Chris Rea to play Prague's Congress Center

The 'Road to Hell' singer and guitarist is releasing a new album

British singer and guitarist Chris Rea is coming to Prague's Congress Center on Nov. 7. He will be touring to support his upcoming album Road Songs for Lovers, which should be released in September. It is his follow up to 2011's Santo Spirito Blues.

The European tour will start Oct. 7 in Amsterdam and run to Nov. 10 in Kesklinn, Estonia. Then after a short break, Rea goes to the UK and Ireland from Nov. 21 to Dec. 12. He has not released much more information about the album or the tour.

Rea was last in Prague in 2014 at O2 Arena with his Last Open Road tour, and before that he was at the Congress Center (Kongresové Centrum) three times: in 2006, 2010 and 2012.

In his career, Rea has sold more than 30 million albums and released 23 studio albums and one soundtrack, not counting the upcoming Road Songs for Lovers.

Rea is known for his husky voice and his big radio hit “The Road to Hell” from his 1989 album of the same name. The song, despite its demonic imagery, is about the decline of his once-industrial home town of Middlesbrough, England. He also had a big hit in the US with the more laid back and lyrical song “Fool (If You Think It's Over)” from his 1978 debut album Whatever Happened to Benny Santini?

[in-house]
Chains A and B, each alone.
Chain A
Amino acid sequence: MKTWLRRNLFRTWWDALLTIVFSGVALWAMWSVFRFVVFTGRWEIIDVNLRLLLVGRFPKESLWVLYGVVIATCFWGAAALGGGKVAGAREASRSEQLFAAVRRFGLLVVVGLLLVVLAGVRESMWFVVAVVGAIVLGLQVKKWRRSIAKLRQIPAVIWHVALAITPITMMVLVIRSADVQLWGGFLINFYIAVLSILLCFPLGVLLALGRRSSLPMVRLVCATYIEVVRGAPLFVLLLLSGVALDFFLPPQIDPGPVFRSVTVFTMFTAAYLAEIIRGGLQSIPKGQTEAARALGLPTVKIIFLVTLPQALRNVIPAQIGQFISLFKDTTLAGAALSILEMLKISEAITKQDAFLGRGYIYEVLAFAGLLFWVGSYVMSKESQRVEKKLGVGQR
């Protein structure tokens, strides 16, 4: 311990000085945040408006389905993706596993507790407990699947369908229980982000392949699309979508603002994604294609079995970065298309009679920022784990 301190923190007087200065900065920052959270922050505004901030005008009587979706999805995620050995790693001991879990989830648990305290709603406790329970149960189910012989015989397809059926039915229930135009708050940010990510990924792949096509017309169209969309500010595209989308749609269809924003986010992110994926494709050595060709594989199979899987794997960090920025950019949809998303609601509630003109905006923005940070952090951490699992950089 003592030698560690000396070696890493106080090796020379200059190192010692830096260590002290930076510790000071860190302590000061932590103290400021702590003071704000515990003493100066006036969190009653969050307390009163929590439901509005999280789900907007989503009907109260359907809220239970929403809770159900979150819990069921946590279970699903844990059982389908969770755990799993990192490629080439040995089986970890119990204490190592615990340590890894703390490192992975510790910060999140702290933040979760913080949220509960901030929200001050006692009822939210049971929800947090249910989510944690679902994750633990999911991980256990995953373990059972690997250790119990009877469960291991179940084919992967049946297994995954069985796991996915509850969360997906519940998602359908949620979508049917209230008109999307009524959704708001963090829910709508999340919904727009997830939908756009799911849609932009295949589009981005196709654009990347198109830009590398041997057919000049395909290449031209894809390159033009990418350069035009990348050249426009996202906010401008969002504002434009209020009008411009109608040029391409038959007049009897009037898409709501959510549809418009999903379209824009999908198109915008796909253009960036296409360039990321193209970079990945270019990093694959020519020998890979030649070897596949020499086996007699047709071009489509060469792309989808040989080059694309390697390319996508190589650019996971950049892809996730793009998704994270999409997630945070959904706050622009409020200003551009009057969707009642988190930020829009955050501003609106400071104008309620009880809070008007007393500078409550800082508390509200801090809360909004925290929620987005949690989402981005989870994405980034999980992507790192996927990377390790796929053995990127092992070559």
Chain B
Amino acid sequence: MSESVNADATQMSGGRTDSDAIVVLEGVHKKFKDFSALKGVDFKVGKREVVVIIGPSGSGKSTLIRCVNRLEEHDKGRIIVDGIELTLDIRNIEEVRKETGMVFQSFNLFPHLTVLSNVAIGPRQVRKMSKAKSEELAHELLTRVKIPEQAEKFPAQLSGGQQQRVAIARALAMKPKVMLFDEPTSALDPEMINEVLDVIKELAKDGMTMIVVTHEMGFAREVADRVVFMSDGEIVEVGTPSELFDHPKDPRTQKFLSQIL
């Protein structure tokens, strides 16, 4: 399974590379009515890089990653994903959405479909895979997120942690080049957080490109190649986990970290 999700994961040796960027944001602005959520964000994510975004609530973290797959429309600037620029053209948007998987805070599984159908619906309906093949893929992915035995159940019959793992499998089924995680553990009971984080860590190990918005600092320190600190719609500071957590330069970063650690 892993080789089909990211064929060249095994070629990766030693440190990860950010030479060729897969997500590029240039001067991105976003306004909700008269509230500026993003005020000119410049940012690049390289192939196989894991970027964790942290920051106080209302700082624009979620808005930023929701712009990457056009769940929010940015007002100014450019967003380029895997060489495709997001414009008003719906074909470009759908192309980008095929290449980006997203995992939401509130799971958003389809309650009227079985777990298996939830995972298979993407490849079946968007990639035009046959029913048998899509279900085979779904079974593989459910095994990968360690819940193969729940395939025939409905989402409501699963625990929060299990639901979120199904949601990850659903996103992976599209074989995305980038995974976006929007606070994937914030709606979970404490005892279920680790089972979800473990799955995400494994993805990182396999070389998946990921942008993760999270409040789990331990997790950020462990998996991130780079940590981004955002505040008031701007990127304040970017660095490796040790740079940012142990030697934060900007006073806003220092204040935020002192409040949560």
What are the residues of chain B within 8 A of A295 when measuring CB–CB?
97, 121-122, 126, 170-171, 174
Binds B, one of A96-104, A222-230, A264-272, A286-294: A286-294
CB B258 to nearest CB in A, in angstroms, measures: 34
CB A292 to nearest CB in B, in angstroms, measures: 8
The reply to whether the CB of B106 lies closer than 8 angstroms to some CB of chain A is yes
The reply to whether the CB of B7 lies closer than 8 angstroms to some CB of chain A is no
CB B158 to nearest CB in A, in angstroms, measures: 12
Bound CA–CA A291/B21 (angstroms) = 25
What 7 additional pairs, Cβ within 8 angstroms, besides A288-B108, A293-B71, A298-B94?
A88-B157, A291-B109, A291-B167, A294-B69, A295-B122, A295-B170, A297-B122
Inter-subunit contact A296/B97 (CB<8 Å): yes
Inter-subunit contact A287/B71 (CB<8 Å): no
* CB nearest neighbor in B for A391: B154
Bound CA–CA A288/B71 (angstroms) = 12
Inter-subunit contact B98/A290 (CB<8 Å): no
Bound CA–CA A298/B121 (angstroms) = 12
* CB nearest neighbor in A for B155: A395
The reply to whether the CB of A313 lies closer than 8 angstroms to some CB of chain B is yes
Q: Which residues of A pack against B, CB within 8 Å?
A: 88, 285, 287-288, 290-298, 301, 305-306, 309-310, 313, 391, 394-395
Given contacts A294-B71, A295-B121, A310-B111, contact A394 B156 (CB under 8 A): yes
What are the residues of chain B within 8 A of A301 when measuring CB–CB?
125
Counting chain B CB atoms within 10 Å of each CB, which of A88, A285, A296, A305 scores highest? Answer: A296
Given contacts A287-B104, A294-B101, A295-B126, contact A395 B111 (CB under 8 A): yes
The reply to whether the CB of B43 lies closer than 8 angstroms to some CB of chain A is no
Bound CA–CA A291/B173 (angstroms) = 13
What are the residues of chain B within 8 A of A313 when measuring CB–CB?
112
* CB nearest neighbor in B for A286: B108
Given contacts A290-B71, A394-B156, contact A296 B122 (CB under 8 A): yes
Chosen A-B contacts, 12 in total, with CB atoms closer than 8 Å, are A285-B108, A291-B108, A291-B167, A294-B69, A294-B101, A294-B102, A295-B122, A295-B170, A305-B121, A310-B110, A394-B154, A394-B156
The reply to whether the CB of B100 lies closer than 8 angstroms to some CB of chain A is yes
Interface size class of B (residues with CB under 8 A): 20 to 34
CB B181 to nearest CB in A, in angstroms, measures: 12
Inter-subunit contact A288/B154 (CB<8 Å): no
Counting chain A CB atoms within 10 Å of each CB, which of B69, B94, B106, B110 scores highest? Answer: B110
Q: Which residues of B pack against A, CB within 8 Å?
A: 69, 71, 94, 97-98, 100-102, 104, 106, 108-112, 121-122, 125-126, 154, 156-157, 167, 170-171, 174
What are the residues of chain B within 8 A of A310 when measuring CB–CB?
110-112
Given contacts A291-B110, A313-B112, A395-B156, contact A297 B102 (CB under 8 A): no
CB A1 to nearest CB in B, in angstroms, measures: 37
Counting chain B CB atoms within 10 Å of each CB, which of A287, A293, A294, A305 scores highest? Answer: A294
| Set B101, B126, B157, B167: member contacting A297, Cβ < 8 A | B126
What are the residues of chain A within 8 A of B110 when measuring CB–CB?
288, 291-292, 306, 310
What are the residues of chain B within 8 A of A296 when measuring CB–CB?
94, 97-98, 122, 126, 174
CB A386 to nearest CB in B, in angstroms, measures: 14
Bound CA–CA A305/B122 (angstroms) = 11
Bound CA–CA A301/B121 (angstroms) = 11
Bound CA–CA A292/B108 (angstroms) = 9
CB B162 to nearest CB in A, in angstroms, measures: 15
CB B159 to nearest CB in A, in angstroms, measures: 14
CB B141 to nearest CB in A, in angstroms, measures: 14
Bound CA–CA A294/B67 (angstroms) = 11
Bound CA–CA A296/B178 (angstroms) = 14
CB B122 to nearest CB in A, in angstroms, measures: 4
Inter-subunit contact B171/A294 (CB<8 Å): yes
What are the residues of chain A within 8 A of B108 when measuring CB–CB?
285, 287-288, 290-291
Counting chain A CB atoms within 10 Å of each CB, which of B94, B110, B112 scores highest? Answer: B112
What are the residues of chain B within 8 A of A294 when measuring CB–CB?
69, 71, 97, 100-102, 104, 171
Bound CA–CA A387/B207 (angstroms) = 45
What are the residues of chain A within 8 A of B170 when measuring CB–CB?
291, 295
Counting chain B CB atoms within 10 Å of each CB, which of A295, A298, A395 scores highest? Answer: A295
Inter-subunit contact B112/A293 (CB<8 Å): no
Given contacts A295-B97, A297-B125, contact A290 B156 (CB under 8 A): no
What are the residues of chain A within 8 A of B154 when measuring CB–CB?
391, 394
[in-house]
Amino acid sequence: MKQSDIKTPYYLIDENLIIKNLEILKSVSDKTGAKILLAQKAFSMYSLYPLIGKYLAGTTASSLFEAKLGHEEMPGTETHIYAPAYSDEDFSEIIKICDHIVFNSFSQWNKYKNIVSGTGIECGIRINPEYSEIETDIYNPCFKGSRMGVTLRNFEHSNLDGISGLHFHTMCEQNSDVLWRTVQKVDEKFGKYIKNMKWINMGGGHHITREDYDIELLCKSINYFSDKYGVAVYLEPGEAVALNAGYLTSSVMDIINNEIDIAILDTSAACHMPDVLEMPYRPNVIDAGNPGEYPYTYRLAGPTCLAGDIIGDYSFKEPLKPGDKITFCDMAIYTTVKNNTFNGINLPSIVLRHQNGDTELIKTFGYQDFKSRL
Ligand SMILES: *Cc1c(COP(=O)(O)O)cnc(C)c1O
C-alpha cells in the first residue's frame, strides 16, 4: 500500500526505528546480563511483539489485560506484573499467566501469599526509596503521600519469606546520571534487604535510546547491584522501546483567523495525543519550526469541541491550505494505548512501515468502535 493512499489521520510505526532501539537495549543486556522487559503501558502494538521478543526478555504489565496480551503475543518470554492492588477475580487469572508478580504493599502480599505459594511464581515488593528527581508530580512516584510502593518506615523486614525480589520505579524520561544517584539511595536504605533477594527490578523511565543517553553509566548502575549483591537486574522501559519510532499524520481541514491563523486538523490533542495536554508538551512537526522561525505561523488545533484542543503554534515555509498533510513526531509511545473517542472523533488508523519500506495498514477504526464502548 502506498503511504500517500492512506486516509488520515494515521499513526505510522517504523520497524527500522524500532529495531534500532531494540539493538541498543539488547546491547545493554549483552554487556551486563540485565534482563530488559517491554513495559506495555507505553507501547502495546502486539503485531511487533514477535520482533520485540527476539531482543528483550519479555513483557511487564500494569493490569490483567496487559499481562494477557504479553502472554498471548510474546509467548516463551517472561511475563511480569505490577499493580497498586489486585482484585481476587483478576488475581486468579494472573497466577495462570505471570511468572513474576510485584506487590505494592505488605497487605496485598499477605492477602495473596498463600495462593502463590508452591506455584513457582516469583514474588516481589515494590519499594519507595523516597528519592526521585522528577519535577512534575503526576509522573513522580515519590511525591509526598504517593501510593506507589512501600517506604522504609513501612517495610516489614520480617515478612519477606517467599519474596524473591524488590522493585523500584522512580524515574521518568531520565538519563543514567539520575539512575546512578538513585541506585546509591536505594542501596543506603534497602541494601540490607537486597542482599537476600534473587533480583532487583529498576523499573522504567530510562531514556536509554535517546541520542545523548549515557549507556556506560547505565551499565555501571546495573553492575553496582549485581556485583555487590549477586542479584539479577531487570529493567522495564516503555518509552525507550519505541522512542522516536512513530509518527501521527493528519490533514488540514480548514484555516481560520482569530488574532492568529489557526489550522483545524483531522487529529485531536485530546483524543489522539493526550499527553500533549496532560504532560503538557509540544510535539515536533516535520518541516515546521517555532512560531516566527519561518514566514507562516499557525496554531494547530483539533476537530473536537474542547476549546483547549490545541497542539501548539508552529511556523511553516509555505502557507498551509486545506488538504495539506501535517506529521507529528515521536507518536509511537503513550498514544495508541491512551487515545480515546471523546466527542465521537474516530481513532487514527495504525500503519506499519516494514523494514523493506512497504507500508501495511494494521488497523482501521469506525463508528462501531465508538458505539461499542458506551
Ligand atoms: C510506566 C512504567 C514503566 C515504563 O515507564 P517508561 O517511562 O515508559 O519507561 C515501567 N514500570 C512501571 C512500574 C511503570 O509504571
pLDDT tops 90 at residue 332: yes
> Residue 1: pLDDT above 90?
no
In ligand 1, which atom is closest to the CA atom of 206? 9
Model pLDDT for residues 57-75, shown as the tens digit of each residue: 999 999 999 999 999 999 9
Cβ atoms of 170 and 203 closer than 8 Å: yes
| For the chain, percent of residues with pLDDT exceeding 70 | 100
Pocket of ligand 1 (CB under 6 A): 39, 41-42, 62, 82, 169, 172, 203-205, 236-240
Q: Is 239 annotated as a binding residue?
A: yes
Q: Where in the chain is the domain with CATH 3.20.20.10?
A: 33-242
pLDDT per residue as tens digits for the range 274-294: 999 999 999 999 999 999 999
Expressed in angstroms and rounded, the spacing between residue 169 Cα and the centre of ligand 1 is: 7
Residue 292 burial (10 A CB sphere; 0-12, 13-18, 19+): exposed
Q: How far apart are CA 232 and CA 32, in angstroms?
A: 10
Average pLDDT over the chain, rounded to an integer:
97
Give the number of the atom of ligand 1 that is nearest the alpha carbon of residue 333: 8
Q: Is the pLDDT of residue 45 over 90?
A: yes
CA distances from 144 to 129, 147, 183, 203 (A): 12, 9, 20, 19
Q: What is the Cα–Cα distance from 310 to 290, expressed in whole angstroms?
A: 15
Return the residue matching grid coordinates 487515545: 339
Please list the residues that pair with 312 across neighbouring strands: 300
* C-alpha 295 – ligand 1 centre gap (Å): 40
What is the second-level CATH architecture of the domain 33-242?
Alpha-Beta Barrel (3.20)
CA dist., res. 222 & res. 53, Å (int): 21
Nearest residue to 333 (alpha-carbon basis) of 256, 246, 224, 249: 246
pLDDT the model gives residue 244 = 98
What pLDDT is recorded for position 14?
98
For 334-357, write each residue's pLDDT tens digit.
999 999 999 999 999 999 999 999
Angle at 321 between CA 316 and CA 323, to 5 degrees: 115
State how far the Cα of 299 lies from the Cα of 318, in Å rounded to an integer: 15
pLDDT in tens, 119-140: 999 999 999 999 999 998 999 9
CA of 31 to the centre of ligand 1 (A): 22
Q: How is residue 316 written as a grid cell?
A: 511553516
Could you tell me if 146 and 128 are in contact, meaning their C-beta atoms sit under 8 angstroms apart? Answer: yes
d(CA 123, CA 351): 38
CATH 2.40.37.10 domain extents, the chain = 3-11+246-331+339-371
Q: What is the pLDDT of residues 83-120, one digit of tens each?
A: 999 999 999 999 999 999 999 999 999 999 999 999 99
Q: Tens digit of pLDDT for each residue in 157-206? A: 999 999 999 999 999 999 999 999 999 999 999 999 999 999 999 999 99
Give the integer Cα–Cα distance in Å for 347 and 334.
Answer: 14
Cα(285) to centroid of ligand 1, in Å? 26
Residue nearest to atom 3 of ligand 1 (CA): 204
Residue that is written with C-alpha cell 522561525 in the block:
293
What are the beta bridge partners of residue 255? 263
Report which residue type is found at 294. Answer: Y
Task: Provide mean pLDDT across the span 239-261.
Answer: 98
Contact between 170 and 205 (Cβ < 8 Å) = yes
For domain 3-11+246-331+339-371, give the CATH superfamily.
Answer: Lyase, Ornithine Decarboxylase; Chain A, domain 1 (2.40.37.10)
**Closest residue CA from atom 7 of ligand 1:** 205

The song and album helped him get a Grammy nomination for Best New Artist in 1979. He competed against Elvis Costello, the Cars and Toto but the winner was the disco act A Taste of Honey, which did not have lasting success.

The Benny Santini mentioned in the album title was a stage name that Rea had considered using at one point. Rea worked with Elton John's producer Gus Dudgeon for his first two albums, but was unhappy that the blues influence he liked was toned down in favor of a more pop sound. He changed direction a bit, and his fifth album Watersign put him back on track with the hit “I Can Hear Your Heartbeat.”

He was successful in Europe, but it wasn't until the mid 1980s that he found fame at home in England with “Stainsby Girls” and “Josephine.”

Rea faced numerous health issues in the mid 1990s. As a result has returned to his original blues roots and set up his own label so he can do what he wants without pressure from record companies.

Aside from music, Rea is a fan of historical racing cars, which he owns and restores.

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